A mental health trust has apologised following a review by the NHS into a series of homicides by patients, which criticised elements of care and risk assessment.
Sussex Partnership NHS Foundation Trust underestimated the risk posed by some of its patients, an NHS review of deaths linked to the Trust between 2007 and 2015 found.
In that time, patients of the trust carried out 9 homicides, and another patient was killed while under the trust’s care.
Two of the 9 homicides were considered to be predictable or preventable, according to the independent investigation reports. The main common factor in these reports was improvements required in risk assessment and risk management.
The NHS review made a number of criticisms of the trust, including that there could be delays either between GP referral and initial assessment by the Trust; or between initial assessment by the Trust and access to more specialist assessment (for example, forensic services).
However, the report noted that organisational changes have since led to shorter waiting times and access times to a number of specialist services have improved.
In 7 out of the 9 cases of homicide, there was criticism of the risk assessment process and/or the design of the risk management plan. In several cases, the process was seen as inadequate or the risk posed was not recognised or was seriously underestimated.
Systemic or professional problems were also identified. Several investigations reported that staff did not conform to local policies and/or national guidelines, such as NICE guidelines for treatment and care of people with psychosis not being followed and service users in long-term contact with the trust not being re-assessed for several years.
The review noted a tendency in mental health homicide investigation recommendations and Trust action plans to focus on processes and activities, such as re-writing policies or providing training. However, to improve the quality of care and treatment the trust provides, and reduce the likelihood of similar incidents recurring, the review suggested the focus move towards outcomes, changes in clinical practice – such as completing risk assessments across the Trust for all patients – and the impact of practice on stakeholders, including service users, carers, families, health care professionals and support staff, and the broader public.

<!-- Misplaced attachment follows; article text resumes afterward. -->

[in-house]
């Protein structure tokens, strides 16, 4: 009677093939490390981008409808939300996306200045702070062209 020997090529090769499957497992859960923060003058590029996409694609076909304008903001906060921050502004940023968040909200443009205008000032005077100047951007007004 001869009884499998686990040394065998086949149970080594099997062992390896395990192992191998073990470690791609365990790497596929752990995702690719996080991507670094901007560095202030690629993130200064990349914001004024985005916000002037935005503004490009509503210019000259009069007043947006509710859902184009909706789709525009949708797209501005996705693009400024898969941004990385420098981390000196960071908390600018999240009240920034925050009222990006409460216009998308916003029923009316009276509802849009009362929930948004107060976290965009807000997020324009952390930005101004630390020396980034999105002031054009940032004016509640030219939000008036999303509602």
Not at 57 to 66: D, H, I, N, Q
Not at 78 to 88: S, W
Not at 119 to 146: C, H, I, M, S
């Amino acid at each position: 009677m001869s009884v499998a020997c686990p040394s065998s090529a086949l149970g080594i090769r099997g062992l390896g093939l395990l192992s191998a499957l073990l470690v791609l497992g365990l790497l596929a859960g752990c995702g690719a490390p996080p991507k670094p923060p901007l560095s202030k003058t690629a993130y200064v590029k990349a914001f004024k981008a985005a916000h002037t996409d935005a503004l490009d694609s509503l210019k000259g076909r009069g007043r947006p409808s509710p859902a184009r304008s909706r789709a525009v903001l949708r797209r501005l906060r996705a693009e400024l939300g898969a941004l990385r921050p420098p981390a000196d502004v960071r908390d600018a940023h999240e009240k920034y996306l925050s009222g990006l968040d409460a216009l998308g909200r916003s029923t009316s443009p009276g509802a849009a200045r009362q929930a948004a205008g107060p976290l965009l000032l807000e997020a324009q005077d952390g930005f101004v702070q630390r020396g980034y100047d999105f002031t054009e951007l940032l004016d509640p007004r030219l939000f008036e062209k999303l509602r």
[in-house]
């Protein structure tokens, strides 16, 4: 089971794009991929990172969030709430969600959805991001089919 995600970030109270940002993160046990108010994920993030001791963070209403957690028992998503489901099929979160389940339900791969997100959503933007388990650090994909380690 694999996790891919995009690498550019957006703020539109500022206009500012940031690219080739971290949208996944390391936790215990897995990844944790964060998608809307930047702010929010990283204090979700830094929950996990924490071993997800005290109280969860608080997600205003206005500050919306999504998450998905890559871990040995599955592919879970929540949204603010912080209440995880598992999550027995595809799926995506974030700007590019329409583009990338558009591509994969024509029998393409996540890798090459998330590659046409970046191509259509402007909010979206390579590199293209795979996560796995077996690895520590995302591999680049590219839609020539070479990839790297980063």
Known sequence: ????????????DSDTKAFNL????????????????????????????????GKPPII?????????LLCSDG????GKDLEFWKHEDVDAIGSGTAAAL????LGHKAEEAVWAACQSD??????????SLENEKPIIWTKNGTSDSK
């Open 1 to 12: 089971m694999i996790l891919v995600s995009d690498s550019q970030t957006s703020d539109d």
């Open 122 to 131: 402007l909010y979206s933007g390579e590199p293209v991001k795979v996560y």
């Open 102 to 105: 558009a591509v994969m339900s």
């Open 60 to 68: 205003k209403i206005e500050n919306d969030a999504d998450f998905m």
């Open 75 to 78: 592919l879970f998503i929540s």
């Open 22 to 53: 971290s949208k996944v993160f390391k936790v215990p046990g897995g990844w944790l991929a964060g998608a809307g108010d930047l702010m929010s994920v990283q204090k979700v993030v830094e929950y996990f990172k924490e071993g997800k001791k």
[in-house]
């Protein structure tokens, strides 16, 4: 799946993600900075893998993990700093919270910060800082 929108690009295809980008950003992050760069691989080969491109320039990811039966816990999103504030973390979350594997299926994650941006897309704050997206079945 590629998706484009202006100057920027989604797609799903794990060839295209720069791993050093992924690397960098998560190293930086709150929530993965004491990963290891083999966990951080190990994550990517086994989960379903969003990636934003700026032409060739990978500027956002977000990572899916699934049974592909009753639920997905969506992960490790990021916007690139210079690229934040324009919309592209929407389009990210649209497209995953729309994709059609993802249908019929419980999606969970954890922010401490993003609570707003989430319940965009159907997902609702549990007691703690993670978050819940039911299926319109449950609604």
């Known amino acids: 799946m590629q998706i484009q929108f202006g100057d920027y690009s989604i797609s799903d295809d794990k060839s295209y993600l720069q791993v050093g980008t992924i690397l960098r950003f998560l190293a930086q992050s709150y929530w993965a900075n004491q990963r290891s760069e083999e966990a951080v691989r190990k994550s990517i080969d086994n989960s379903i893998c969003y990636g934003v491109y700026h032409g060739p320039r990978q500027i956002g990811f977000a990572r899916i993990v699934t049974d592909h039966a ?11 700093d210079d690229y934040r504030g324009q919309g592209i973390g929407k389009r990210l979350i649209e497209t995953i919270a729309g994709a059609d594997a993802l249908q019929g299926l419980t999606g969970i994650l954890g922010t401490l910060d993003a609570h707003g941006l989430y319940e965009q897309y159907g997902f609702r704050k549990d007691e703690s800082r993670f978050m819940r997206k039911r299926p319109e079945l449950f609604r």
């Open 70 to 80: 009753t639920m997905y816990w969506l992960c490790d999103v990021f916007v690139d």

In response, Sussex Partnership’s chief executive, Colm Donaghy, apologised to those affected by the incidents. “On behalf of the Trust, I want to offer my sincere apology and condolences,” he said.
“This review sends us a strong message about the need to identify and embed learning when things go wrong in a way that changes clinical practice and behaviour. This goes beyond action plans; it’s about organisational culture, values and leadership.
“Another key focus of the report is how we work with patients and families. This is something we don’t always get right. We’re doing a lot to improve this. But we need to keep at it and keep talking to patients and carers about what we can do better. That includes being prepared to listen to, reflect upon and respond to critical feedback in a positive way. We have appointed people with lived experience of using mental health services to our new, senior Patient and Carer leader roles to help us do this.
“We are also introducing Family Liaison Officer roles to provide a single point of contact and support for families affected by a homicide involving someone known to our services. This is something which was recommended to us by families who have been through this tragic experience themselves.”
Donaghy added that Trust staff work hard to provide the best possible care to patients, and that he wanted the organisation to be one that learns when things go wrong and does something about it, rather than one that blames people when they make a mistake. “This approach is in the best interests of patients because it will help us continue to improve. It is also why we commissioned this review with NHS England.”